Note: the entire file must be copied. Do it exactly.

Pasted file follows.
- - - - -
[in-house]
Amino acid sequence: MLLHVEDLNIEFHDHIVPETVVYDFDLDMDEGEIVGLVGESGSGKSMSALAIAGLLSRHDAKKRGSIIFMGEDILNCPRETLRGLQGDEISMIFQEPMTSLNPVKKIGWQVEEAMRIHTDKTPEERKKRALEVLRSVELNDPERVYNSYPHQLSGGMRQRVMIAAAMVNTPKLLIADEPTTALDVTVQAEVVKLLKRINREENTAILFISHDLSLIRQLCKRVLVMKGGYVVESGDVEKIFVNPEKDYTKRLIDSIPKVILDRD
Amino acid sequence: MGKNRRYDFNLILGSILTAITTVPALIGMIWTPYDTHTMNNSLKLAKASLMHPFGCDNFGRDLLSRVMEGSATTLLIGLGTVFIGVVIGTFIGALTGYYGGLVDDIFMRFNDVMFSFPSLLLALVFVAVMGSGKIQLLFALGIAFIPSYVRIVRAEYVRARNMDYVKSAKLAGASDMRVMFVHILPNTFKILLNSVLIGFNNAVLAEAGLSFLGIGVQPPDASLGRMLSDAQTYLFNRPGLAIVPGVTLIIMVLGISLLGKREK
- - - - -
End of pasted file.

[in-house]
Amino acid sequence: MLLHVEDLNIEFHDHIVPETVVYDFDLDMDEGEIVGLVGESGSGKSMSALAIAGLLSRHDAKKRGSIIFMGEDILNCPRETLRGLQGDEISMIFQEPMTSLNPVKKIGWQVEEAMRIHTDKTPEERKKRALEVLRSVELNDPERVYNSYPHQLSGGMRQRVMIAAAMVNTPKLLIADEPTTALDVTVQAEVVKLLKRINREENTAILFISHDLSLIRQLCKRVLVMKGGYVVESGDVEKIFVNPEKDYTKRLIDSIPKVILDRD
Amino acid sequence: MGKNRRYDFNLILGSILTAITTVPALIGMIWTPYDTHTMNNSLKLAKASLMHPFGCDNFGRDLLSRVMEGSATTLLIGLGTVFIGVVIGTFIGALTGYYGGLVDDIFMRFNDVMFSFPSLLLALVFVAVMGSGKIQLLFALGIAFIPSYVRIVRAEYVRARNMDYVKSAKLAGASDMRVMFVHILPNTFKILLNSVLIGFNNAVLAEAGLSFLGIGVQPPDASLGRMLSDAQTYLFNRPGLAIVPGVTLIIMVLGISLLGKREK